I studied Communications which unfortunately also involved Cultural Studies and Critical Theory. This stuff would be perfectly familiar to any one who took Feminist studies, anthropology and probably most senior-level arts classes too.

I say unfortunately in the sense that it was often a rather tedious challenge to get through a lot of obfuscation and unnecessary abstraction to the the actual ideas, some of which could be pretty insightful and interesting. For example, the concept of ‘hegemony’ the way it is used in Cultural Studies/critical theory is quite good, but rarely do people outside that realm have any idea what you’re talking about if you use the term.

However there’s a tendency for certain academics, and even more so their students, to hide weak ideas (or none) behind confusing and important seeming words in order to come across as intellectual. It really is so bad that Physics Professor Alan Sokal submitted an utterly fake paper to a then non-peer reviewed journal that was subsequently published.

Years later I had a room-mate who was growing frustrated with his International Relations courses – largely stumbling through the all the extraneous verbiage. Unfortunately for him, he lacked the filter in his brain that could just shut this stuff out. Most of it is neo-marxist tripe of one sort or another, some of which has some merits, but some of which is often just a hodgepodge of postmodern terminology that when actually ‘deconstructed’ can be nearly void of any actual meaning, or coherent train of thought beyond vague and dubious claims of western Imperialism.

So in the honour of my former struggling-student roommate and the spoiled Yalie, I’ve decided to invent the “cultural studies drinking game” (or if you prefer, the “critical theory drinking game”), which after 30 seconds of Googling, I’ve confirmed has not already been invented by someone else and is therefore mine.

Fiction – when referring to anything other than a book that is not non-fiction: pretend to take one shot

Myth – unless debunking a widely held belief such as changing lightbulbs will stop global warming: one swig of beer.

Ambiguity – one shot. Maybe

Adding ‘ity’ or ‘ities’ to any adjective in an attempt to turn it into a noun: e.g. ‘domestic’ vs ‘domesticity’ : two shots.

Adding any other extra syllables to any common word to make it sound more ‘academic’ – one shot per each syllable.

Relation to power or ruling class – everyone takes a shot.

Social construction – see ambiguity

Oppressive State Apparatus/Instrument of State Apparatus – throw your shot glass at the person sitting opposite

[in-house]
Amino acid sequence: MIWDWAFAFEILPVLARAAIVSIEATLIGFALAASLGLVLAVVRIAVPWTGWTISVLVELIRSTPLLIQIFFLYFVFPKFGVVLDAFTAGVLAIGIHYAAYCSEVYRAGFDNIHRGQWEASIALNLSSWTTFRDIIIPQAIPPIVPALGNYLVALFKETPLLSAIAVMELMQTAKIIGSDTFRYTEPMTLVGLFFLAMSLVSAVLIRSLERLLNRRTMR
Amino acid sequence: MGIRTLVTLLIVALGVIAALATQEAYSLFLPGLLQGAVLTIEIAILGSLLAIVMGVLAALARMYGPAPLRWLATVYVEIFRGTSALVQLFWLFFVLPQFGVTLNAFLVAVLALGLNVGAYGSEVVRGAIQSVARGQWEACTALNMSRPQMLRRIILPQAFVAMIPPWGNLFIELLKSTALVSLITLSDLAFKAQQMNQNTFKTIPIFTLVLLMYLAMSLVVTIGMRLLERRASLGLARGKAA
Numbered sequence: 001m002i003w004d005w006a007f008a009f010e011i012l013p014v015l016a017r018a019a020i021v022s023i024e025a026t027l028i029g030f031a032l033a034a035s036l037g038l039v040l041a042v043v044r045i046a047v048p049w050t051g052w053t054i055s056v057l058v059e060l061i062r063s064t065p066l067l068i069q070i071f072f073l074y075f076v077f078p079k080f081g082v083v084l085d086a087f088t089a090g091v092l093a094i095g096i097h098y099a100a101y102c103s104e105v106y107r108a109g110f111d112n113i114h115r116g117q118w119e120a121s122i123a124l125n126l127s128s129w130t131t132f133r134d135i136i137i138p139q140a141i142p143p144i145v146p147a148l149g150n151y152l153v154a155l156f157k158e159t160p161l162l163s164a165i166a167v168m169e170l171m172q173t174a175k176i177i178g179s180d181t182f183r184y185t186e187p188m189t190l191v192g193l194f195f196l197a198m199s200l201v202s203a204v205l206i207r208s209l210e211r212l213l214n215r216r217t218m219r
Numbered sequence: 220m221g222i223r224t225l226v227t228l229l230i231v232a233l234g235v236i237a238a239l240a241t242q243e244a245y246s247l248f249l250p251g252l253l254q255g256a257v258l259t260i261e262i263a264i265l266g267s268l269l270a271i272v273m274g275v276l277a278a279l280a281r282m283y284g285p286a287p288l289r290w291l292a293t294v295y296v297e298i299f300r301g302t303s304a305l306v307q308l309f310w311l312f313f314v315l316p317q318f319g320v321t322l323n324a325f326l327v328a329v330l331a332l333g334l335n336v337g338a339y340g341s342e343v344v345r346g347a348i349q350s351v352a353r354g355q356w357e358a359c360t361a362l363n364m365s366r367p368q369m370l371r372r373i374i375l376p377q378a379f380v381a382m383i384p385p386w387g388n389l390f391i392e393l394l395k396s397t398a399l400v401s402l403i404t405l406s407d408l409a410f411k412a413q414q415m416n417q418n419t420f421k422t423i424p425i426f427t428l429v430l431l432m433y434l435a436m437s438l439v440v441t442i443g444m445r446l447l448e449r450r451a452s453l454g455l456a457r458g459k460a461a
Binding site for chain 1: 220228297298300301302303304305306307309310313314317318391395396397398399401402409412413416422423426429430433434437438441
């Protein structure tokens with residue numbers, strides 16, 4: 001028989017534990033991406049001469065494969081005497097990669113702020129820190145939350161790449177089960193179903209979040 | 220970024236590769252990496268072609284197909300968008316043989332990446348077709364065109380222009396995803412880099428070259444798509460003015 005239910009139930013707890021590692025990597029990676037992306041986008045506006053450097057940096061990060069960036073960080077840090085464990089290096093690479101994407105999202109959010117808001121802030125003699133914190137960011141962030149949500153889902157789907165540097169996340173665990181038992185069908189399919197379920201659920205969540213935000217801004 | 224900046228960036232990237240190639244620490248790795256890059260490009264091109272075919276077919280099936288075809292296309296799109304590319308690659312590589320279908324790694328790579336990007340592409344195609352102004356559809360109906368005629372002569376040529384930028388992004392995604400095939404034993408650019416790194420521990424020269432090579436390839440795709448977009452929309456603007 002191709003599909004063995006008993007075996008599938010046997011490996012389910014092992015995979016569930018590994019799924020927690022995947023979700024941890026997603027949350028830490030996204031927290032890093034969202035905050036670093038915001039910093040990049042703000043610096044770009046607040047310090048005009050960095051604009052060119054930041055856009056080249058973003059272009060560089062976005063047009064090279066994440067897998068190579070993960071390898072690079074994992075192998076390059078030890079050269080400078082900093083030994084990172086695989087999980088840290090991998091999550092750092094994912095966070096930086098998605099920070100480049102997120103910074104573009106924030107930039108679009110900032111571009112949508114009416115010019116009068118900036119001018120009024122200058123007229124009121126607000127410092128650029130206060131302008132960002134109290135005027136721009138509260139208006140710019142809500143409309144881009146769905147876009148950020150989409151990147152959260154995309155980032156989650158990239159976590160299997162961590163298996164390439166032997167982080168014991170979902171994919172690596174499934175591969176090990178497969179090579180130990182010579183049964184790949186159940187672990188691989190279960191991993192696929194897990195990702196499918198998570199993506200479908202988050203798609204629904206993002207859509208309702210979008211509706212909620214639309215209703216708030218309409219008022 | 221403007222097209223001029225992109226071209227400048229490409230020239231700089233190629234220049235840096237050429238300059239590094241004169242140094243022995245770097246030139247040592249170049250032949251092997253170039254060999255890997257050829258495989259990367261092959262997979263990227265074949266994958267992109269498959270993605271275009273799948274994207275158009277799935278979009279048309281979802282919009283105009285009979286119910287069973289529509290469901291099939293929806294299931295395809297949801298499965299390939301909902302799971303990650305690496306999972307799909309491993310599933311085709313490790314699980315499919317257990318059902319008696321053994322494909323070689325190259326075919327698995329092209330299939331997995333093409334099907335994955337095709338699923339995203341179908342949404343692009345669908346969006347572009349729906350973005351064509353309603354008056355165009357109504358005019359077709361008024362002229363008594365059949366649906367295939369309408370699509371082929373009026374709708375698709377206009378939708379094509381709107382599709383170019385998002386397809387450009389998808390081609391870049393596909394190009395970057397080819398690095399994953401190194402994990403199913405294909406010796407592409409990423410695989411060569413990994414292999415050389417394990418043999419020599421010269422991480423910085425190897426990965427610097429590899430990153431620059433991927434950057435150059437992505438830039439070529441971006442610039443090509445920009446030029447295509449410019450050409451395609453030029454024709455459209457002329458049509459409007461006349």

Appropriation – take the drink of the person to your right. If used in the same phrase as “class relation”, then three shots.

Discourse – everyone yells ‘chug chug chug!’ while you swallow the remainder of whatever is in your glass.

Consciousness – you’ve now lost consciousness from drinking too much. And you’ve only read two paragraphs.  Game over.

How safe are YOU

The media get blamed for a lot of social problems that they’re not really responsible for, such as anorexia in teenage girls, violent behaviour in children, cigarette smoking and so on.

However, there is one thing I think can be blamed squarely on ‘The Media’: the public’s distorted perception of risk. Granted, with the rise of the internet ‘The Media’ is a lot more complex and amorphous than it was even ten years ago, but often the same distortions that make the headlines on the local news channel are mirrored online. For every atm scam that makes it to the evening news on CP24, there are five that I get via email.

Not everyone knows about snopes.com or thinks to check it every time they see or get emailed a scare story. Though they probably should. Or at the very least, understand that ‘The Media’ is really the world’s biggest Drama Queen.

Take terrorism, for example.

According to a study by HealthyAmericans.org, seventy percent of Americans ranked chemical terrorism as a major concern in 2007. Never mind the odds of anywhere in the US being the subject of such an attack for now, or the fact that if you combined the populations of all the major cities that could possibly be victim to such an attack it wouldn’t add up to anywhere near 70% of the US population.